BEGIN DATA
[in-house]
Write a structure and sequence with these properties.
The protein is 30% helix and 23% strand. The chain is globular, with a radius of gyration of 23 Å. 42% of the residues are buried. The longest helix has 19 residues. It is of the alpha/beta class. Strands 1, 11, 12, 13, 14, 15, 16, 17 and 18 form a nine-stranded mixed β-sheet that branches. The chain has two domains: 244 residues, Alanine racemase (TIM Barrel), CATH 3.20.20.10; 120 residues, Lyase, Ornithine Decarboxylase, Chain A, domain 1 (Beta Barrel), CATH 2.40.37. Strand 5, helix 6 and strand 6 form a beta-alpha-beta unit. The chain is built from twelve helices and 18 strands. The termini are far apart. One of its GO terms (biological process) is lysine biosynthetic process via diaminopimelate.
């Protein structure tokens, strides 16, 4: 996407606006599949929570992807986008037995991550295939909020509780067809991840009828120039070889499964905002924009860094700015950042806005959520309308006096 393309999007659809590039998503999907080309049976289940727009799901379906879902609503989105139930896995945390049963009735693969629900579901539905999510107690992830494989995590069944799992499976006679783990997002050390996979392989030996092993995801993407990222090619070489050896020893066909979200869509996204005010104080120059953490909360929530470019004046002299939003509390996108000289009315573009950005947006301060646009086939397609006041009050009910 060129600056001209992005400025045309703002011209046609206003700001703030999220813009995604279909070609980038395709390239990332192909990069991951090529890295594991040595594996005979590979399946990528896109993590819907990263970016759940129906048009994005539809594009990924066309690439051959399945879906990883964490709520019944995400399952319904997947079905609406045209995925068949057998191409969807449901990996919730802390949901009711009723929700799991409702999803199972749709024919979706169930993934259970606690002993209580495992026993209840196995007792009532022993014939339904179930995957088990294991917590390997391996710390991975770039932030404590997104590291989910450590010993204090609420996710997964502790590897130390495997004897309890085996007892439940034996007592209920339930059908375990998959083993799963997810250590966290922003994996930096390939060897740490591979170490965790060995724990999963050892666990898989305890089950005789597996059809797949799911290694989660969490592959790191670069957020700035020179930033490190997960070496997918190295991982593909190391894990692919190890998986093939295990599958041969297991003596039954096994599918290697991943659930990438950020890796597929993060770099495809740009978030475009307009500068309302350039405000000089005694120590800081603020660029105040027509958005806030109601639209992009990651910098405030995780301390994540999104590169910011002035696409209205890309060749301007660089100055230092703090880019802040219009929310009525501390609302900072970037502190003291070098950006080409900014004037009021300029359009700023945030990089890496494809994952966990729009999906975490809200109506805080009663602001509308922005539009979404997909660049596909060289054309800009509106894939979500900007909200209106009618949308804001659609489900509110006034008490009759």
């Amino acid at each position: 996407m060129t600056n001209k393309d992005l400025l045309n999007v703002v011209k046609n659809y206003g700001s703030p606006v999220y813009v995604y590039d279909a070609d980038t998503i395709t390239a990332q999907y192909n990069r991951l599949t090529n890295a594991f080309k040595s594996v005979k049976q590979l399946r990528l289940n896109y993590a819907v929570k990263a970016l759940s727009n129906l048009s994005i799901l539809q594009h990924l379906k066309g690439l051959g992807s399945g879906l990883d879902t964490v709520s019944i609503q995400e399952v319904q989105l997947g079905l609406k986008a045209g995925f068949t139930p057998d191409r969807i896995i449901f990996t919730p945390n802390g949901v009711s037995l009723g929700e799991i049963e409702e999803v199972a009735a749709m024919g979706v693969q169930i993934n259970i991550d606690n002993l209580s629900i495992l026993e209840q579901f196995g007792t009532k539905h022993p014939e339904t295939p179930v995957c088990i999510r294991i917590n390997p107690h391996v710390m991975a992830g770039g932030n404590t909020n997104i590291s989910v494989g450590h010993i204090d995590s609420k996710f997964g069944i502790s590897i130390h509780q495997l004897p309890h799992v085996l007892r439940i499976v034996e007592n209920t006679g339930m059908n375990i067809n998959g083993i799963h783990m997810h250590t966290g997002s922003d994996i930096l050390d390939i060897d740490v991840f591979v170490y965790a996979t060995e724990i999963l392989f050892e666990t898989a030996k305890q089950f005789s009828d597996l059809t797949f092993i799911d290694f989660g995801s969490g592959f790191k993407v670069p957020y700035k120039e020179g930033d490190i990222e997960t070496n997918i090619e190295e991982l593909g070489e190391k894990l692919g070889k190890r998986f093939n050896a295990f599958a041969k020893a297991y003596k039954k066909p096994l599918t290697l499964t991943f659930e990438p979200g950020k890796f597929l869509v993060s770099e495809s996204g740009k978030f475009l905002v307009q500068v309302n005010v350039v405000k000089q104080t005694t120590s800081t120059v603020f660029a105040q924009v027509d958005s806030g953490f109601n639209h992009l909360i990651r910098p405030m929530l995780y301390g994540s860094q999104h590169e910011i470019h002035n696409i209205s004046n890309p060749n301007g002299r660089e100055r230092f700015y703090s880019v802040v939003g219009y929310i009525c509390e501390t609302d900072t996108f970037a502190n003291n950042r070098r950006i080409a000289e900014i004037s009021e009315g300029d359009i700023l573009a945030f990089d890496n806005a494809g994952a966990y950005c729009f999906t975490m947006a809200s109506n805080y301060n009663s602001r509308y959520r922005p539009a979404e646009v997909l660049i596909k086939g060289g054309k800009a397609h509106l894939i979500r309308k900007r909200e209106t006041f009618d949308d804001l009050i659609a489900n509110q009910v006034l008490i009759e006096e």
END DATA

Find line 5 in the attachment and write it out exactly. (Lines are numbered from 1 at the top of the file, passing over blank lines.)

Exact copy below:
């Amino acid at each position: 996407m060129t600056n001209k393309d992005l400025l045309n999007v703002v011209k046609n659809y206003g700001s703030p606006v999220y813009v995604y590039d279909a070609d980038t998503i395709t390239a990332q999907y192909n990069r991951l599949t090529n890295a594991f080309k040595s594996v005979k049976q590979l399946r990528l289940n896109y993590a819907v929570k990263a970016l759940s727009n129906l048009s994005i799901l539809q594009h990924l379906k066309g690439l051959g992807s399945g879906l990883d879902t964490v709520s019944i609503q995400e399952v319904q989105l997947g079905l609406k986008a045209g995925f068949t139930p057998d191409r969807i896995i449901f990996t919730p945390n802390g949901v009711s037995l009723g929700e799991i049963e409702e999803v199972a009735a749709m024919g979706v693969q169930i993934n259970i991550d606690n002993l209580s629900i495992l026993e209840q579901f196995g007792t009532k539905h022993p014939e339904t295939p179930v995957c088990i999510r294991i917590n390997p107690h391996v710390m991975a992830g770039g932030n404590t909020n997104i590291s989910v494989g450590h010993i204090d995590s609420k996710f997964g069944i502790s590897i130390h509780q495997l004897p309890h799992v085996l007892r439940i499976v034996e007592n209920t006679g339930m059908n375990i067809n998959g083993i799963h783990m997810h250590t966290g997002s922003d994996i930096l050390d390939i060897d740490v991840f591979v170490y965790a996979t060995e724990i999963l392989f050892e666990t898989a030996k305890q089950f005789s009828d597996l059809t797949f092993i799911d290694f989660g995801s969490g592959f790191k993407v670069p957020y700035k120039e020179g930033d490190i990222e997960t070496n997918i090619e190295e991982l593909g070489e190391k894990l692919g070889k190890r998986f093939n050896a295990f599958a041969k020893a297991y003596k039954k066909p096994l599918t290697l499964t991943f659930e990438p979200g950020k890796f597929l869509v993060s770099e495809s996204g740009k978030f475009l905002v307009q500068v309302n005010v350039v405000k000089q104080t005694t120590s800081t120059v603020f660029a105040q924009v027509d958005s806030g953490f109601n639209h992009l909360i990651r910098p405030m929530l995780y301390g994540s860094q999104h590169e910011i470019h002035n696409i209205s004046n890309p060749n301007g002299r660089e100055r230092f700015y703090s880019v802040v939003g219009y929310i009525c509390e501390t609302d900072t996108f970037a502190n003291n950042r070098r950006i080409a000289e900014i004037s009021e009315g300029d359009i700023l573009a945030f990089d890496n806005a494809g994952a966990y950005c729009f999906t975490m947006a809200s109506n805080y301060n009663s602001r509308y959520r922005p539009a979404e646009v997909l660049i596909k086939g060289g054309k800009a397609h509106l894939i979500r309308k900007r909200e209106t006041f009618d949308d804001l009050i659609a489900n509110q009910v006034l008490i009759e006096e």